Re "For Gibson, Devil Is in the Details," Opinion, Feb. 29: Charlotte Allen's survey of inaccuracies in "The Passion of the Christ" is informative but finally, as she admits, "niggling." Moreover, it may distract us from the significant ways in which Mel Gibson chooses from his primary source material.
Among many scenes Gibson leaves out are the following: in Matthew 21 Jesus drives money-changers out of the temple; in Matthew 23 he delivers a long and very harsh speech against the Pharisees. In Matthew 10:34 he tells his apostles that he has come "not to bring peace to the world, but a sword"; in Mark 3:31-35 he refuses to see his mother and brothers, saying that his followers are his family.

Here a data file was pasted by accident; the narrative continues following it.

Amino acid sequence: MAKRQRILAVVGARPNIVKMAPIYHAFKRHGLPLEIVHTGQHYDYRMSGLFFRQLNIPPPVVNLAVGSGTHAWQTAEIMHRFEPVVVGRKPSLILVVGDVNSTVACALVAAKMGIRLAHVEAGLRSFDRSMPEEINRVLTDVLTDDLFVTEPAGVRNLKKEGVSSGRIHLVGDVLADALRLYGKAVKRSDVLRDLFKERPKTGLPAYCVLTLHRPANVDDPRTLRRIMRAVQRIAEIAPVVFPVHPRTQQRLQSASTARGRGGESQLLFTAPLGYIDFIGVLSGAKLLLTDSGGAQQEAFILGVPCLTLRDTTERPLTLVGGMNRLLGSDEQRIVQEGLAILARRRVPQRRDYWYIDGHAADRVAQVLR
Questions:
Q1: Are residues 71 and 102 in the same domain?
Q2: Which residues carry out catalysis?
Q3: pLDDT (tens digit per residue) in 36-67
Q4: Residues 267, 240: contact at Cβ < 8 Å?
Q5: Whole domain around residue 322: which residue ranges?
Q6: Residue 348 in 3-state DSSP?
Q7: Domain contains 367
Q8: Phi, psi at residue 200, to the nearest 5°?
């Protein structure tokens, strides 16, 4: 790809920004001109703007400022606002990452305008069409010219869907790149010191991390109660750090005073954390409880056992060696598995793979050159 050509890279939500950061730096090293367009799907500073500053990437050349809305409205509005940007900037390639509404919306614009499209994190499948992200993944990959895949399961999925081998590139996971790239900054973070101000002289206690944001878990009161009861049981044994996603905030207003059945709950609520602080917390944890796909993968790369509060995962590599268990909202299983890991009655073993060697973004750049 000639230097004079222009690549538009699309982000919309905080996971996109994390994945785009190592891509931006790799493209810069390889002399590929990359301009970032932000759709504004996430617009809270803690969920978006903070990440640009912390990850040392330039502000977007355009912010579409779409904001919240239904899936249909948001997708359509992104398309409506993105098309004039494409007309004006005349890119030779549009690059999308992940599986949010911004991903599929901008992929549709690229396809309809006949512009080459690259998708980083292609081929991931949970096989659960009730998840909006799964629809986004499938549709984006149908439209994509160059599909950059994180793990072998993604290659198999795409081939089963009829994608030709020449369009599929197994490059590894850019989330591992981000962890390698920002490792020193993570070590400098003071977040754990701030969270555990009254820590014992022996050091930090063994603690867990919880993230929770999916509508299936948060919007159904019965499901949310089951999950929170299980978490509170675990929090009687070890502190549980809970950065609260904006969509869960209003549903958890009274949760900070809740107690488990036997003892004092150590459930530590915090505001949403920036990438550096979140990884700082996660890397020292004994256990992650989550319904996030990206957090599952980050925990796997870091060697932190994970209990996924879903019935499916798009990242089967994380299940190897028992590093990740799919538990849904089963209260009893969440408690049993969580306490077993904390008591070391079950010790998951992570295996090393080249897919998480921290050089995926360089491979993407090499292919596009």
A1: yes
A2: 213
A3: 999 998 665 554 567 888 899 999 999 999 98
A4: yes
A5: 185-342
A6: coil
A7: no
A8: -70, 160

At various other points Jesus defies Jewish customs and traditions. Unlike the innocent martyr to malevolent forces Gibson portrays, the messiah of the Gospels heals and advocates peace and love but also often antagonizes and provokes his opponents. His toe-to-toe confrontations, shrewd evasions and indictments clearly provoke the Pharisees against him. Like any artist, Gibson creates the meaning he wants. The Gospel writers themselves selected and edited, as differences among their narratives suggest. What may arise from Gibson's pious intention, however, is another, more telling meaning. "The Passion" becomes a film in which ignorance, intolerant belief or political convenience causes people to forget their compassion and humanity and commit or sanction acts of savage brutality.